Pre-Written Letter

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Dear Rebecca:
I write to you regarding Millcroft Greens’ proposal to introduce residential development to the existing Millcroft golf course, as requested by your public notice. This development has the potential to disrupt ecosystems and wildlife, reduce green space, increase traffic, overstress an already fragile stormwater management system, and alter the character of one of Burlington’s most iconic neighbourhoods.

The Millcroft neighbourhood is unique in that, rather than including a golf course as a feature, it was built around the golf course as THE feature – the epicenter; the heart of the community. Millcroft is synonymous with the golf course. Moreover, the golf course is home to many species, providing green space and a wildlife haven in the predominantly concrete-laden north Burlington.

I understand that the key criteria for evaluating the merits of an application is whether the
proposal is in the best interests of the City of Burlington, its current residents, and its future residents. This application fails to meet such criteria for several important reasons:

First, it is in contradiction to the 2008 and 2018 Official Plans, which outline the City’s goals for current and future planning. Section 2.3.5 of the Official Plan states that: “Lands identified as Natural Heritage System, Major Parks, and Open Space, include the City’s Natural Heritage System and lands designated for Major Parks and Open Space. Together they are essential components of a healthy and sustainable urban area and are intended to be protected in accordance with the policies of this Plan.” Moreover, Section 2.4.2.(3)(a)(ii) states that established neighbourhoods “shall be recognized as a distinct area with the city’s Urban Area where intensification is generally discouraged.” These statements substantiate that the City does not intend to introduce residential development on lands designated as Open Space. Section 8.4.2.2(d) in the New Burlington Official Plan confirms this premise explicitly: “A proposal to re designate lands within the Major Parks and Open Space designation to another land use designation shall only be considered by the City in conjunction with a statutory Official Plan Review.” Because these sections remain unchanged from the 2018 Burlington Official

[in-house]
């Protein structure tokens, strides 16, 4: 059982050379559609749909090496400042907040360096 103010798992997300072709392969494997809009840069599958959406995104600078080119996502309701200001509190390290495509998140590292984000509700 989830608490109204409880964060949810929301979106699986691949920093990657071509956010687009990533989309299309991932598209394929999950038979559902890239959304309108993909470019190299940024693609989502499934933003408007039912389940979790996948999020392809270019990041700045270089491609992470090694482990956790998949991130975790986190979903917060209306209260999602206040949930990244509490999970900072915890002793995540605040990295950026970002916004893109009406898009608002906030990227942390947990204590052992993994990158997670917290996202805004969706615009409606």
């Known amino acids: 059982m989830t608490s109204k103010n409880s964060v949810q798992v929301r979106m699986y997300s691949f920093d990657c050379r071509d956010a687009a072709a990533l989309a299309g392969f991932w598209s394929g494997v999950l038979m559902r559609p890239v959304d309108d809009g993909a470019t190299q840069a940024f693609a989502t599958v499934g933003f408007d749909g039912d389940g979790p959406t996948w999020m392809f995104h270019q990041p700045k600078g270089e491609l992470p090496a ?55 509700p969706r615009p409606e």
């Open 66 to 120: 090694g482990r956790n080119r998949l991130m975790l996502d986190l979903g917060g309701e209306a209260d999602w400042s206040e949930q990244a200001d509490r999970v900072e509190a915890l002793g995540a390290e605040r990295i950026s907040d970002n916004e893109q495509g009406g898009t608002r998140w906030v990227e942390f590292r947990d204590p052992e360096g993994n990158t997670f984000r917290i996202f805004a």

Plan, Millcroft Greens was aware of the City’s objectives prior to their submission. Nonetheless, Millcroft Greens submitted an application that entirely disregards the City’s Official Plan, and have similarly disregarded the opposition of thousands of Burlington residents, both through Millcroft Against Development’s 4,000 petitions and counting, and through the more than 800 outraged participants in its preapplication meeting.

Second, the proposed development would harm Millcroft’s ecosystems. There are almost four hundred 35+ year old trees that will be removed, a realignment of the Appleby Creek, and changing the pond – and with it, a destruction of habitat for many wildlife species that have called Millcroft home for decades, which would be displaced by the development. Another thing that would be displaced – stormwater. Millcroft is already flood prone. In one 2014 storm, stormwater submerged the curbs on Hadfield Court, which is sandwiched between holes 6 and 7 – two of the holes included in the developer’s application. In this storm, there was over 6 inches of water on holes 6 and 7. A similar storm occurred in 2020. Fortunately, the golf course acted as a collection zone for the stormwater, reducing the number of homes to experience flooding. If the development goes through, owners of all homes bordering 6 and 7 will be at an increased risk of flooding.

Third, the application contradicts the original plans for the subdivision. Upon the sale of the golf course to the Liptay family in 2006, David George, Senior Vice President, Legal and Corporate of Monarch Corporation (which designed the Millcroft neighbourhood around the golf course) stated: “The lands on which the golf course is sited are zoned Open Space in the official Plans of both the City of Burlington and the Region of Halton. Accordingly, concerns that the golf course lands might be used for some other purpose are ungrounded. Ownership by a professional golf course operator with a long-term commitment to its operation and improvement should lead to enhancements in the golf course, to the benefit and enjoyment of both golfers and residents of the Millcroft community.” The only thing that will be enhanced by building houses on the golf course is the builders’ bank account balances. This proposed application is to the detriment of wildlife, current and future Millcroft residents, and golfers alike. Contrary to assertions by avid golfers, golf professionals, and numerous published studies, Millcroft Greens claims that a shortened, executive course would drive membership and participation in golf. This
contention is simply false. Tom McBroom, a renowned golf course architect and the original Millcroft golf course architect for Millcroft, states: “It would be an utter shame to begin to dismember a fine and cherished community asset in an era where green and recreational space is quickly disappearing.” I agree – it would certainly be an utter shame.

Burlington was recently voted Canada’s best place to live. I believe the Millcroft neighbourhood, with the golf course at its nucleus, epitomizes this honourable accolade. Our City strikes the perfect balance between urban convenience and access to green space. We retain this balance, despite being ahead of provincial population targets because our City planners choose smart development. Millcroft Greens’ application is the antithesis of smart development. It is my hope that the City staff will preserve our green space and reject Millcroft Greens’ application without reservation.